Suga’s solo track “Daechwita” under the alias Agust D in late May begins with a powerful burst from a taepyeongso -- a Korean wind instrument -- as the BTS member sits up from a throne in a period thriller-themed video reminiscent of Netflix’s zombie series Kingdom.
“I sampled ‘Daechiwta,’ which is the music played for when a king was on the move,” the rapper said on the group’s YouTube channel.
In a swirling pre-chorus, he sings, “Who’s the king, who’s the boss.”
The lyrics are fitting as “Daechwita,” which literally translates as “big blowing and hitting,” is a marching song preserved for kings and high-ranking officials.
The music was also played in 2017 when US President Donald Trump was in Seoul for a state visit.
Lee Young, art director at National Gugak Center who is also a taepyeongso player, instantly recognizes the use of its sound.
“It’s the melodies from ‘Daechwita’ with what sounds like the tapeyongso that’s playing in the background.”
The lingering taepeyongso riff from the original song was used at the beginning of Suga’s track for a dramatic intro, Lee explained.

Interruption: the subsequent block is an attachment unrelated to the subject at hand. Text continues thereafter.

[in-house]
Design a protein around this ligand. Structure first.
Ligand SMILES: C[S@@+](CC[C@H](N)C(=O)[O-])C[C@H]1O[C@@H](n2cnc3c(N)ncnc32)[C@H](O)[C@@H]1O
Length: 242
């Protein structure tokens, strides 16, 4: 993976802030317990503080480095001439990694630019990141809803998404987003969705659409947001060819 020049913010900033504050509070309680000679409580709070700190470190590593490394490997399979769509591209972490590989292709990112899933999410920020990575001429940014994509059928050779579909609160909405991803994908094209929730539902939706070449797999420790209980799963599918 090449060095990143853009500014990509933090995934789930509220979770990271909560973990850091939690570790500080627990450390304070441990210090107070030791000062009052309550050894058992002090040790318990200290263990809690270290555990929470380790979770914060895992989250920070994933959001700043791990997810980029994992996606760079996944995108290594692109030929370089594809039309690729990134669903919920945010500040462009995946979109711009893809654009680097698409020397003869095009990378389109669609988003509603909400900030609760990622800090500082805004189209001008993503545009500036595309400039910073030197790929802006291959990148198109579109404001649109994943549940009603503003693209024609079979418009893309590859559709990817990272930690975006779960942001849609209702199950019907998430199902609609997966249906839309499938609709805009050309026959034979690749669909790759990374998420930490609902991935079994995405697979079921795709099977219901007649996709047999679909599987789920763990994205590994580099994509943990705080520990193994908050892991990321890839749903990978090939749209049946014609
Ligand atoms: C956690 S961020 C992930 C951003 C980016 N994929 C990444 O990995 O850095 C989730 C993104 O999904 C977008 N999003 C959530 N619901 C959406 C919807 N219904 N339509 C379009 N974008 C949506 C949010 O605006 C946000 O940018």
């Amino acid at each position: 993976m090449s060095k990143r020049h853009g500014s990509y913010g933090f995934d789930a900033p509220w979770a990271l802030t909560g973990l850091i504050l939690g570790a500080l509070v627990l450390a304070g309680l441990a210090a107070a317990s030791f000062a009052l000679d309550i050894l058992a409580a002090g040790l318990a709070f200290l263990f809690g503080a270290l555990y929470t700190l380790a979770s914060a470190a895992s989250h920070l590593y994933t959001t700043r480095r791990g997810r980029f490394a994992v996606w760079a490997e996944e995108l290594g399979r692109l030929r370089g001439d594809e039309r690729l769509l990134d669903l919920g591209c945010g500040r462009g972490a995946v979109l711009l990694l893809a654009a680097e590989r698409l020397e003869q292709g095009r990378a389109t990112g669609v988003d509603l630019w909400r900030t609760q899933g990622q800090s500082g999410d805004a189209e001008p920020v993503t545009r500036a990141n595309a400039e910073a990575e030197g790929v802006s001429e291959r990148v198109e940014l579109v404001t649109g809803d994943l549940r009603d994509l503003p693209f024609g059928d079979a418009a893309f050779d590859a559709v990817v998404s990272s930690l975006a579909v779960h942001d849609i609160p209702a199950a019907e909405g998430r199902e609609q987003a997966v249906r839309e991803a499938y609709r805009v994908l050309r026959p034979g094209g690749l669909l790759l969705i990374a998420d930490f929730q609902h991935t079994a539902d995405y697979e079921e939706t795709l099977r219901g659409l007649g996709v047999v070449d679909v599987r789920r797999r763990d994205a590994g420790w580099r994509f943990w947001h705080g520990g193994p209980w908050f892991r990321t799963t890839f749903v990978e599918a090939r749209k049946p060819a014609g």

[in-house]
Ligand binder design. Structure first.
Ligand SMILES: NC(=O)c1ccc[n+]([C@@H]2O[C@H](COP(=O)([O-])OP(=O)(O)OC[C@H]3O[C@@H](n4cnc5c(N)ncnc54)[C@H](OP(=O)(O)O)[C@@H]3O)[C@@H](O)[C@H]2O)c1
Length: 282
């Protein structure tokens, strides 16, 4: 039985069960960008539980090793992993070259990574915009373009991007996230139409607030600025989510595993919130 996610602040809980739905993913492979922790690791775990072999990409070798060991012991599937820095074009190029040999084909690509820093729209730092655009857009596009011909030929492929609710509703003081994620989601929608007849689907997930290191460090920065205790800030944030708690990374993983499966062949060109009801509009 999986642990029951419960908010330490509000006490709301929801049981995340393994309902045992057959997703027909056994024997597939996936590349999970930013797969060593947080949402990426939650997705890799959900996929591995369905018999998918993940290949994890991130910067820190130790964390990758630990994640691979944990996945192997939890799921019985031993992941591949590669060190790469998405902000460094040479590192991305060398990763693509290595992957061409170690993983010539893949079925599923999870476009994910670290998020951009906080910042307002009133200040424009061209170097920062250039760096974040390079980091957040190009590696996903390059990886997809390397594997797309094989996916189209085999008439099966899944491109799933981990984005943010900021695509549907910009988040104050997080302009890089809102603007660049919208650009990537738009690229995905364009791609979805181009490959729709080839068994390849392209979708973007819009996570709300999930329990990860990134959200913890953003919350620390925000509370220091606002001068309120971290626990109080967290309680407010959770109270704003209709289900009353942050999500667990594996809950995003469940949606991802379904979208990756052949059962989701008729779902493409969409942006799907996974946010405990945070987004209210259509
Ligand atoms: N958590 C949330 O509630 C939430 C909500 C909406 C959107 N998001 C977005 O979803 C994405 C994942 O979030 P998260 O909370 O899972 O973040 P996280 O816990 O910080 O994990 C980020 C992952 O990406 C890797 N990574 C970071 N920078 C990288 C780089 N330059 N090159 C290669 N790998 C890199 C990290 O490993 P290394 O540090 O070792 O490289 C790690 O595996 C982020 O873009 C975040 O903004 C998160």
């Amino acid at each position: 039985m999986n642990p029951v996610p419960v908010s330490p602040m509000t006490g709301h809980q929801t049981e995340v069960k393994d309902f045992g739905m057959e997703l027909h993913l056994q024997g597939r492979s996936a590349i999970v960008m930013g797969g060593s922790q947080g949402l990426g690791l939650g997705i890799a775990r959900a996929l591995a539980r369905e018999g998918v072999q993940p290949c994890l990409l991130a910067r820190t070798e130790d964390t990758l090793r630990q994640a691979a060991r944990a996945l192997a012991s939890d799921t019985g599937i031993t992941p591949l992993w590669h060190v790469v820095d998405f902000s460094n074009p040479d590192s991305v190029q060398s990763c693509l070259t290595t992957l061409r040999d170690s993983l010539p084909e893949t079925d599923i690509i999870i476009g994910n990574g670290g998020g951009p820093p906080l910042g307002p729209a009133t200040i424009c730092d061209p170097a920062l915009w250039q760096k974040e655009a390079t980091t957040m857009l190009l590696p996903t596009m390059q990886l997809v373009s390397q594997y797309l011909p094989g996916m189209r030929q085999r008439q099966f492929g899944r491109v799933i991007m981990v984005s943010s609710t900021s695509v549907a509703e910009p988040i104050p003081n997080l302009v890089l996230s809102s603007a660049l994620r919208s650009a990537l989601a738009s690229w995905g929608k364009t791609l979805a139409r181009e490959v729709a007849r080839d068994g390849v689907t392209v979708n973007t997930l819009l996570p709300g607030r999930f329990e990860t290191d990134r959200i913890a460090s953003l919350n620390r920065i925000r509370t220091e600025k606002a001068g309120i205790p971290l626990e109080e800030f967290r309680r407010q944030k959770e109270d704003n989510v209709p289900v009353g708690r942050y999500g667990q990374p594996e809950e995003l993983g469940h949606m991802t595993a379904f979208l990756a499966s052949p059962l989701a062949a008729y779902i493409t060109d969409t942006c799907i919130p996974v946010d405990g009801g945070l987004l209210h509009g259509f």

Having racked up over 74 million views on YouTube, the track is the latest in a series of songs that saw traditional Korean music, also known as gugak, meet K-pop in recent years.
And “when traditional music collaborates with popular genres like hip-hop and creates new music,” Lee says a new creative work is born.
In the 2018 single “Idol,” BTS embraced their Korean roots as they showed off chants and dance moves inspired by a traditional mask dance called Bongsan Talchum while in Hanbok-inspired outfits in the video.
Sunmi released “Lalalay” the following year, a mid-tempo pop song that heavily features the taepyeongso in its instrumental chorus. The title happens to be another name for the taepyeongso.
Monsta X’s 2019 single “Follow” took a similar path, featuring a sound resembling that of the taepyeongso to live up to the group’s usual energetic and powerful sound.
“It sounds like it’s part of an old musical legacy while retaining modernity, freshness as well as strength which we thought would work well in a track with an EDP drop,” the writers and producer of the track said.
With instruments like the taepeyongso used in Korean pop music as early as in the ’90s, notably in Seo Taiji and Boys’s “Hayeoga,” Lee sees the mix of old and contemporary pop music is a rather good thing.
“Just like water can fester if it doesn’t flow, a culture can get stuck, become stale and make no progress, which is why I believe that collaboration between traditional Korean music and other genres is a good thing.”